Of all the Grimm fairytales, 'Rapunzel' is one of the most mysterious and enduring. It is the story of a young girl who is sold by her parents to a witch for a handful of bitter green herbs. At the age of twelve, Rapunzel is confined by the witch in a tower without stairs or a door. Years later, a prince rides past and hears Rapunzel singing. He is haunted by her voice and returns often to hear her sing. At last he sees the witch climb up her long braid of hair, and knows the secret of gaining access to the tower. He climbs up, and seduces Rapunzel. When the witch discovers Rapunzel is pregnant, she shears off all Rapunzel's hair and casts her out to wander alone in the wilderness. Then she lowers down the severed braid to the prince, who unwittingly climbs up. The witch taunts him and causes him to fall from the top of the tower. He falls into thorns and brambles, and is blinded. Although he cannot see, he searches for Rapunzel, and one day hears her singing in the wilderness. Rapunzel has given birth to twins, a boy and a girl. When Rapunzel sees the prince she flings her arms around him and weeps. Two of her tears fall into his eyes and heal him. Able to see once more, the prince takes Rapunzel and the twins back home, and they all live happily ever after. The story of Rapunzel has always fascinated Kate Forsyth, probably because it is full of so many unanswered questions. Why does the witch lock Rapunzel up in the tower? What happens to the witch? What does Rapunzel eat while in the tower? It is also a poignant love story. Rapunzel begins as a passive child-like victim, but by the end of the story she is strong and powerful, bringing up two children on her own. She has become a magical agent of healing and redemption. The tale we know best was published by the Grimm Brothers in 1812, but is based upon an earlier Italian story - "Petrosinella" in Giambattista Basile's Pentamerone (1636). It is, however, the Grimm version which has the characteristic dark touches. (Rapunzel's pregnancy, the birth in the wilderness, and the blinding of the prince). Bitter Greens is a story told in two strands. Firstly, there is the story of Dortchen Wild who grew up across the road from the Grimm brothers in the Electorate of Hesse-Kassel, in what is now Germany. Dortchen Wild and her family were the primary sources of the Grimm brother's collected fairy tales, which were first published in 1812. Dortchen first met the Grimm brothers when she was twelve, when Hesse-Kassel was invaded by Napolean's Grand Army, and ruled by Napolean's young brother, Jerome Bonaparte. Dortchen's father was very strict, and kept Dortchen at home to care for him until his death. Only then was she able to marry Wilhelm, the younger of the Grimm brothers, and she and Wilhelm and the elder brother Jacob lived together happily for the rest of their lives. It is a very tender yet dramatic love story, filled with war, grief, thwarted desire and, ultimately, joy. The second strand of the story is set in and around Venice in Italy in the late 16th century, and tells the story of Rapunzel from the point of view of Salvatore, a young, impoverished musician - "the prince" - and Aurealia, a courtesan of Venice - "the enchantress". It is a story of betrayal, loneliness, seduction and ultimately redemption, and will be rich with details of life in 16th century Venice, including courtesans, the castrati, and the early history of opera.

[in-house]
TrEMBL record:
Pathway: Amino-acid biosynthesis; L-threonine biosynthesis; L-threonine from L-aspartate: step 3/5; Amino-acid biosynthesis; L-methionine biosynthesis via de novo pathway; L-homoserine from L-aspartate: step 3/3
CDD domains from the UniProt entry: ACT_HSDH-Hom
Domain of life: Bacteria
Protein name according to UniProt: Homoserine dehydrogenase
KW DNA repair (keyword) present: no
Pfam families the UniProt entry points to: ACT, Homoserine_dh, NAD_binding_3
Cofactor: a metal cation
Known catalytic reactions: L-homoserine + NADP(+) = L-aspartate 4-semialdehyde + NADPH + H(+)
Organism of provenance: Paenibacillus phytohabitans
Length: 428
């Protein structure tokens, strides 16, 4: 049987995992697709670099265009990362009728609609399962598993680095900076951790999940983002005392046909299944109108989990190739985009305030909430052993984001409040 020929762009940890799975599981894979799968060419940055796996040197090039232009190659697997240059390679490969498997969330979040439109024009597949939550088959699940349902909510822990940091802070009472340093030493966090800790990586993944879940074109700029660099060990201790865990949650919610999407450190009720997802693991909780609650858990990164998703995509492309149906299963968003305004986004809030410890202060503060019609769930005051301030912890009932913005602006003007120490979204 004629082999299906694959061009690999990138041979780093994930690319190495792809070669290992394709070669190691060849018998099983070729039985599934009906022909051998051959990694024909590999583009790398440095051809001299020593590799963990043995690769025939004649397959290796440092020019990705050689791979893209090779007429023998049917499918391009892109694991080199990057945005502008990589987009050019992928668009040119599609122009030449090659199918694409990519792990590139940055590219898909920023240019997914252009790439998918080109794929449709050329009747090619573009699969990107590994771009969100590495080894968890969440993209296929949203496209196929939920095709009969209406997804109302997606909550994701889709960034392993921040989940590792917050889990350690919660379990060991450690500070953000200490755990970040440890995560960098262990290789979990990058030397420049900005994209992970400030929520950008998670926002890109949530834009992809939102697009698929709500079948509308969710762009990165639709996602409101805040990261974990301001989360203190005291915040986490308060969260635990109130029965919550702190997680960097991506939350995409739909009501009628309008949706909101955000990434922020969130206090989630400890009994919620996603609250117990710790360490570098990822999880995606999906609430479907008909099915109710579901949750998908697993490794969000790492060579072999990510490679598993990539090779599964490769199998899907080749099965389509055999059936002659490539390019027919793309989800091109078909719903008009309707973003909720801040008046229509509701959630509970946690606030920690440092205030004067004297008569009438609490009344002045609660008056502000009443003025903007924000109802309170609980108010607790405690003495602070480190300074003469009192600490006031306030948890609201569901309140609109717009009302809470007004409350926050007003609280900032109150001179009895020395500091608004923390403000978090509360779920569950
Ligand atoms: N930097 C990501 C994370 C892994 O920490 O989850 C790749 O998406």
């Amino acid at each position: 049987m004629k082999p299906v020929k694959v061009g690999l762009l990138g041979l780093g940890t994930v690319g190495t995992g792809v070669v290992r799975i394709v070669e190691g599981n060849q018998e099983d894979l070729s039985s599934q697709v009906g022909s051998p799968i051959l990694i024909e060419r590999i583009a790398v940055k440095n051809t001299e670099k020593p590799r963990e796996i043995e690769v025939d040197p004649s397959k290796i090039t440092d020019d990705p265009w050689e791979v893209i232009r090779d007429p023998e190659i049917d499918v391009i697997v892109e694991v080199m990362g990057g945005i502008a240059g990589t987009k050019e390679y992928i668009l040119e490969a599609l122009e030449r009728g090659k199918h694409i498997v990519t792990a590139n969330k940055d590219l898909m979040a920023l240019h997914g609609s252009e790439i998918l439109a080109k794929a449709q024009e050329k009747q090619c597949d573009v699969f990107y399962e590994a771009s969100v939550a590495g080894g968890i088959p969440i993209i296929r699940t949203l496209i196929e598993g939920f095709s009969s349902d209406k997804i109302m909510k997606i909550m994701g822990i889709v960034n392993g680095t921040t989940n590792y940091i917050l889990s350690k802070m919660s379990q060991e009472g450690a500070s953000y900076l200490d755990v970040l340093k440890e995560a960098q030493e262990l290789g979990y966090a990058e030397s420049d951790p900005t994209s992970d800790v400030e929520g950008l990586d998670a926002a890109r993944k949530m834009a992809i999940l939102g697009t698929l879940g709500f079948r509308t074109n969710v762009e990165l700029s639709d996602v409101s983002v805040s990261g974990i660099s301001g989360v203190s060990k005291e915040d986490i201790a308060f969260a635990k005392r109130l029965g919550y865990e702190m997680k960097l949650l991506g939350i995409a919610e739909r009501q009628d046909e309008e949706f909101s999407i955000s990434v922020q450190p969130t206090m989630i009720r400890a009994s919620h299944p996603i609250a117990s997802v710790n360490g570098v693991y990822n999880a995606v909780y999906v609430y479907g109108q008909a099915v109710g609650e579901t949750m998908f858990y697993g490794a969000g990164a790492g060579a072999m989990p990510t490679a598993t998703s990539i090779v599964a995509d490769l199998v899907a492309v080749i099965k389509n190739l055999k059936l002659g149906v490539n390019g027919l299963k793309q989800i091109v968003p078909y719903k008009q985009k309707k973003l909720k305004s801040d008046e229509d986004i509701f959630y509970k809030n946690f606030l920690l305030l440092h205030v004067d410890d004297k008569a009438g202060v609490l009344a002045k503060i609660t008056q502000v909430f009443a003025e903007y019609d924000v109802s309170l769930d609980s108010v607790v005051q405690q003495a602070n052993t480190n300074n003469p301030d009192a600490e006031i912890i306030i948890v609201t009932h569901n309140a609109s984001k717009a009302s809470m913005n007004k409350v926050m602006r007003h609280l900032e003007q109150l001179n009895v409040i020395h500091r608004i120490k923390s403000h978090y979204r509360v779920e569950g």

Kate Forsyth is the internationally bestselling author of more than twenty books, including The Witches of Eileanan and Rhiannon's Ride series for adults, and The Puzzle Ring, The Gypsy Crown, and The Starthorn Tree for children. She has won or been nominated for numerous awards, including Best First Novel and a CYBIL Award in the US, five Aurealis Awards, and a CBCA Notable Book. Her books have been published in 13 different countries, including Japan, Poland, Spain and Turkey, and Kate is currently undertaking a doctorate in fairytale retellings at the University of Technology. Kate is a direct descendant of Charlotte Waring, the author of the first book for children ever published in Australia, A Mother's Offering to her Children.